— added by Anonymous on Tuesday, November 24, 2009 at 7:51 pm

So glad you were there to represent and were able to give Gov. Patrick your book. I hope he reads it. Thanks for taking time to advocate Susan!

— added by Judith U. on Tuesday, November 24, 2009 at 9:51 pm

It's a shame the government and this Governor aren't the least bit interested in the dangers of vaccines and the harm they have done and continue to do to many children. It's too bad the focus isn't on prevention and on the destruction that 30 plus vaccines given by the time a child is three can do rather than what institution we can put them in once they are 22. How you can personally "make peace" with those issues is puzzling to many.

— added by Anonymous on Wednesday, November 25, 2009 at 7:16 am

Thanks for the great post. I am lucky enough to have a friend who shared your site with me because I am a parent on Minnesota's legislative task force on autism. One of our charges is to find out what other states our doing so we can piggyback on each others work & not reinvent 50 times. I'm going to share your blog with others on our task force, and I'm looking forward to checking out your books as well.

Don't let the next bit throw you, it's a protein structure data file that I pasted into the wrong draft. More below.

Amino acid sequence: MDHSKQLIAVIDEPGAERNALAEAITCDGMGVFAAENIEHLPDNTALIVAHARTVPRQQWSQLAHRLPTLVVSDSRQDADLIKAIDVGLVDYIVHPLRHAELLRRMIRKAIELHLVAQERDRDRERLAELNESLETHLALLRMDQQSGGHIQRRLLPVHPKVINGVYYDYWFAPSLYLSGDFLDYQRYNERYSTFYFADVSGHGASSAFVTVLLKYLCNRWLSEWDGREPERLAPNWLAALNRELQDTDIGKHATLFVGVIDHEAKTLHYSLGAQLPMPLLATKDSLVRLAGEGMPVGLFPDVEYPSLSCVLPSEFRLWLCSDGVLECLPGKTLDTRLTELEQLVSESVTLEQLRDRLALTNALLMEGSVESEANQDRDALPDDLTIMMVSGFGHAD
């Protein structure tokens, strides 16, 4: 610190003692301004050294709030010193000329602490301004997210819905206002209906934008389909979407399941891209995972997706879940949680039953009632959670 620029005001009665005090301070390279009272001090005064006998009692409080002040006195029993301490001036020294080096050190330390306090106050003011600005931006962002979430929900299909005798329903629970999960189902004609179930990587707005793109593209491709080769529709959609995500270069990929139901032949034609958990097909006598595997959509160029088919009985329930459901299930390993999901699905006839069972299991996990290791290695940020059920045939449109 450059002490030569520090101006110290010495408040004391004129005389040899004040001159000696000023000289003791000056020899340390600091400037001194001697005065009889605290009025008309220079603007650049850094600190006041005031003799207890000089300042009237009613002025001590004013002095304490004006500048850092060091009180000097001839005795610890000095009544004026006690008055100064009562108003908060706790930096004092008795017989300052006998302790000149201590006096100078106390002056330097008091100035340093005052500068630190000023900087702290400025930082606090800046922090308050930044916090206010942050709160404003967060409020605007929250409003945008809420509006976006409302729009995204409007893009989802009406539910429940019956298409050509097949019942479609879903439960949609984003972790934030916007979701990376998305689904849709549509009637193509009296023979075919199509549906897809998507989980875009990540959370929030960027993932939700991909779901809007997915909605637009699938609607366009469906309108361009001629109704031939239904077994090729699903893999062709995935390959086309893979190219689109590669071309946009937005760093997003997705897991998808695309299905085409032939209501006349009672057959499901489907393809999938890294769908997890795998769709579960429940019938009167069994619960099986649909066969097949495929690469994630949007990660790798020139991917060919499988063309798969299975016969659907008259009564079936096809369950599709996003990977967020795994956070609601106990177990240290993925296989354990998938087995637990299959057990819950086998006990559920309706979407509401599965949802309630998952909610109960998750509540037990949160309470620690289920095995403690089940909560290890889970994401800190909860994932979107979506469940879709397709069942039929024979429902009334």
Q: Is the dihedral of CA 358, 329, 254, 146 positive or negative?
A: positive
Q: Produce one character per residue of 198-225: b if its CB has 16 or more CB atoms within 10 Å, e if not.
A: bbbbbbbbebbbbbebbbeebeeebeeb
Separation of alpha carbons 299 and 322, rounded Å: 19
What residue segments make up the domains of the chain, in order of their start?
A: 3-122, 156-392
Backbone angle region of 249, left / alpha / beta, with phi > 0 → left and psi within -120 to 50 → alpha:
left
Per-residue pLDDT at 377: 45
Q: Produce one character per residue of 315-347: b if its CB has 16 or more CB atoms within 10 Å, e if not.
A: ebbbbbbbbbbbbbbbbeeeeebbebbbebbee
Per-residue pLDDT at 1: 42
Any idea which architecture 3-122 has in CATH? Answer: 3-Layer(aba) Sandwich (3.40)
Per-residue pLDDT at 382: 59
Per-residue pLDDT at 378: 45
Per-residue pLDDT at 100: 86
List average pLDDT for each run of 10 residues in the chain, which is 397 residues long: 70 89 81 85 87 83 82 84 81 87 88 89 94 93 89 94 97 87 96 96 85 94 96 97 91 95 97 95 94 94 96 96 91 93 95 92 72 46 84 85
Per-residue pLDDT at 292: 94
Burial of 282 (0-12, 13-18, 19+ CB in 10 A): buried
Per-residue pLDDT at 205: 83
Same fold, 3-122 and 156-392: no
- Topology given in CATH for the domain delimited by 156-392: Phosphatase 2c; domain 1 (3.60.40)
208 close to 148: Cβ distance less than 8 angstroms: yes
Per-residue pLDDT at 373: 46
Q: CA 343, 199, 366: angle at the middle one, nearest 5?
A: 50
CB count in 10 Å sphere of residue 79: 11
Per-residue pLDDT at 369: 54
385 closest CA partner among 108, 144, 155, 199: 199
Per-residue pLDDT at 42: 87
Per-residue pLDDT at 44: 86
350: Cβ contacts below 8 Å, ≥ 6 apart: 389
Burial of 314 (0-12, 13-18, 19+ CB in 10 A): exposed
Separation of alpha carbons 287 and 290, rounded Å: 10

— added by Jean on Wednesday, November 25, 2009 at 3:48 pm

Thanks for participating in this workshop and sharing your thoughts with the Gov. My recent experience with DDS has not been positive. I think it might be the fact that work is done and evaluated and then they realize that their budgets for the services they promised were cut, but don't say that to you.
Congrats on the new book.
Miriam M.

— added by Miriam Macht on Sunday, November 29, 2009 at 6:44 pm